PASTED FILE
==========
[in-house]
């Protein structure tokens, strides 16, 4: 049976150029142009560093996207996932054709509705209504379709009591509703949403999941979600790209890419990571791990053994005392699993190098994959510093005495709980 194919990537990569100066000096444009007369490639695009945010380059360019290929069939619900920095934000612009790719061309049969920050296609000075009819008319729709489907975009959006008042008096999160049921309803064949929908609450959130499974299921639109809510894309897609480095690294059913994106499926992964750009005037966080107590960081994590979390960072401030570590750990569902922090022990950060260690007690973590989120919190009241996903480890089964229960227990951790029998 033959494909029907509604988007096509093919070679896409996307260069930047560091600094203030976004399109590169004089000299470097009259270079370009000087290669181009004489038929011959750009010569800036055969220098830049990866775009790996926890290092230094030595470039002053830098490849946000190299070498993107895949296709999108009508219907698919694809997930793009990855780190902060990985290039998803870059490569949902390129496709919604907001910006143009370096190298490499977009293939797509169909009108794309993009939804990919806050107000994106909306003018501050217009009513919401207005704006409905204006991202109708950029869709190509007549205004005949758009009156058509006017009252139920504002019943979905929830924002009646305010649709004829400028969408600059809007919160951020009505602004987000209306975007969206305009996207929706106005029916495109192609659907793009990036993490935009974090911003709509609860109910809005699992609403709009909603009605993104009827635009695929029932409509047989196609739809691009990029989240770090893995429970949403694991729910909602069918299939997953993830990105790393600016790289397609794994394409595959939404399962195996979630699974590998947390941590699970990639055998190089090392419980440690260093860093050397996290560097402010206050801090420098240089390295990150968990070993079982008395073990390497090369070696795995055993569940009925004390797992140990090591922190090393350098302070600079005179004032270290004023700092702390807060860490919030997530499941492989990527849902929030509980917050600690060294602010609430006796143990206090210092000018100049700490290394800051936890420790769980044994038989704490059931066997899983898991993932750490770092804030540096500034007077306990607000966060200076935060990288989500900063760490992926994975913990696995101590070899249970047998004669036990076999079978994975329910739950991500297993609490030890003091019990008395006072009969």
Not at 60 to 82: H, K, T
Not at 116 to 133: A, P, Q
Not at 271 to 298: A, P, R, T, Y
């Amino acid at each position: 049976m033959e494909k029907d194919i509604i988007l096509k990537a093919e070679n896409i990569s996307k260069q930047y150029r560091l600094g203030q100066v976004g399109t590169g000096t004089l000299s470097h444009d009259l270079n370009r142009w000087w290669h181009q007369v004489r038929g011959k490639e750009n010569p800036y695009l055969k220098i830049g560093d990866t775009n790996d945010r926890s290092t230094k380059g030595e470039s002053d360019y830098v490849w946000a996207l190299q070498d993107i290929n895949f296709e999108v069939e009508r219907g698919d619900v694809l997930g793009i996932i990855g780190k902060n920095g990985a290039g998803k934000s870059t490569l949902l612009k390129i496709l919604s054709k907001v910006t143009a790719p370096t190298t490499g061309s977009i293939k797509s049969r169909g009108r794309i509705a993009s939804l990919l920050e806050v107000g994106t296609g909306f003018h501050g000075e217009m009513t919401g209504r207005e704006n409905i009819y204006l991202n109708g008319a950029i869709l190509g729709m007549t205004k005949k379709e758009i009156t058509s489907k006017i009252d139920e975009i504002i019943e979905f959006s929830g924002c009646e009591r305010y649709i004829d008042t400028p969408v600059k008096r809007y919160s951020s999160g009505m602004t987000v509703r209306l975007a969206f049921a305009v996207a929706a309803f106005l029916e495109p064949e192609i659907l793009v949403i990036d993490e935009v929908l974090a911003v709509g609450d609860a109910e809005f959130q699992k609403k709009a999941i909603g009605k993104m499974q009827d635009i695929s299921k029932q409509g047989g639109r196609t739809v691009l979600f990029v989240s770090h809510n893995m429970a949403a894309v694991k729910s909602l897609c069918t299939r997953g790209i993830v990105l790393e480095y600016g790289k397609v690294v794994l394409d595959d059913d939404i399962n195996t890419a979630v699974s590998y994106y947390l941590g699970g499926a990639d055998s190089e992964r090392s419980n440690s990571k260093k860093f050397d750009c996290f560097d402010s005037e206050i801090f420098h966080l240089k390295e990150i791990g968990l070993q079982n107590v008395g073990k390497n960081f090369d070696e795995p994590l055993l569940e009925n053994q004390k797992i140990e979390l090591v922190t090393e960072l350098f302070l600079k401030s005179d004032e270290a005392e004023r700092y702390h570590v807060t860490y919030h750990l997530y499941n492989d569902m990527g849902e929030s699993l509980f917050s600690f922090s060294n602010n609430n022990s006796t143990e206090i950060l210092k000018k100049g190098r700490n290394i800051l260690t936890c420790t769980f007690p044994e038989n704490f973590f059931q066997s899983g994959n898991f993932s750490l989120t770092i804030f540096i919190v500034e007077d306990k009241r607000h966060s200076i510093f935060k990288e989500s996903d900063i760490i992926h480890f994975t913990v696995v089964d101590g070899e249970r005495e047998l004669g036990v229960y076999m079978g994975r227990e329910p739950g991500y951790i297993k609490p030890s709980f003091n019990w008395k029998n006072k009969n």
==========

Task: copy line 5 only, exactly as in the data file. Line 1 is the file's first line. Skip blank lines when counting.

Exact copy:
Not at 271 to 298: A, P, R, T, Y